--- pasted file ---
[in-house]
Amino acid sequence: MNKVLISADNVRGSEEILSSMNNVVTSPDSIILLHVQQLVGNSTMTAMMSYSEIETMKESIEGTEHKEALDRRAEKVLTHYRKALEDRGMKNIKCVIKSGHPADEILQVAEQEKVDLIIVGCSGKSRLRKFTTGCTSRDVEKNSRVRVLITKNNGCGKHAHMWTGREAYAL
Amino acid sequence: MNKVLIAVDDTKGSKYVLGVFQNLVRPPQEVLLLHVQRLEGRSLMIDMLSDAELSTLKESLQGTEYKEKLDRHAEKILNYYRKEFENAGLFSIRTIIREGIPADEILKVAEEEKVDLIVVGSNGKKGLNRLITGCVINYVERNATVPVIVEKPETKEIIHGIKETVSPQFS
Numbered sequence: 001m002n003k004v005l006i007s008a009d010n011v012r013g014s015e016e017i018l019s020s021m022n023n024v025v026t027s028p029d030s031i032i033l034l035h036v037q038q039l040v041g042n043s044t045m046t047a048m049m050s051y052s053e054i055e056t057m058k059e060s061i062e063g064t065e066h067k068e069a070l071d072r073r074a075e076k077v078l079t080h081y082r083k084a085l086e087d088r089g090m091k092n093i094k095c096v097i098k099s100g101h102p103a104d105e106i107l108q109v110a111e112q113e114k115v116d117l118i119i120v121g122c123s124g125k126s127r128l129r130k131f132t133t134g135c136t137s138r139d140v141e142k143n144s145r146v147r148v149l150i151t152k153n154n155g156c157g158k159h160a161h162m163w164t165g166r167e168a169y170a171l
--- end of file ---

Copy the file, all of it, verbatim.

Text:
[in-house]
Amino acid sequence: MNKVLISADNVRGSEEILSSMNNVVTSPDSIILLHVQQLVGNSTMTAMMSYSEIETMKESIEGTEHKEALDRRAEKVLTHYRKALEDRGMKNIKCVIKSGHPADEILQVAEQEKVDLIIVGCSGKSRLRKFTTGCTSRDVEKNSRVRVLITKNNGCGKHAHMWTGREAYAL
Amino acid sequence: MNKVLIAVDDTKGSKYVLGVFQNLVRPPQEVLLLHVQRLEGRSLMIDMLSDAELSTLKESLQGTEYKEKLDRHAEKILNYYRKEFENAGLFSIRTIIREGIPADEILKVAEEEKVDLIVVGSNGKKGLNRLITGCVINYVERNATVPVIVEKPETKEIIHGIKETVSPQFS
Numbered sequence: 001m002n003k004v005l006i007s008a009d010n011v012r013g014s015e016e017i018l019s020s021m022n023n024v025v026t027s028p029d030s031i032i033l034l035h036v037q038q039l040v041g042n043s044t045m046t047a048m049m050s051y052s053e054i055e056t057m058k059e060s061i062e063g064t065e066h067k068e069a070l071d072r073r074a075e076k077v078l079t080h081y082r083k084a085l086e087d088r089g090m091k092n093i094k095c096v097i098k099s100g101h102p103a104d105e106i107l108q109v110a111e112q113e114k115v116d117l118i119i120v121g122c123s124g125k126s127r128l129r130k131f132t133t134g135c136t137s138r139d140v141e142k143n144s145r146v147r148v149l150i151t152k153n154n155g156c157g158k159h160a161h162m163w164t165g166r167e168a169y170a171l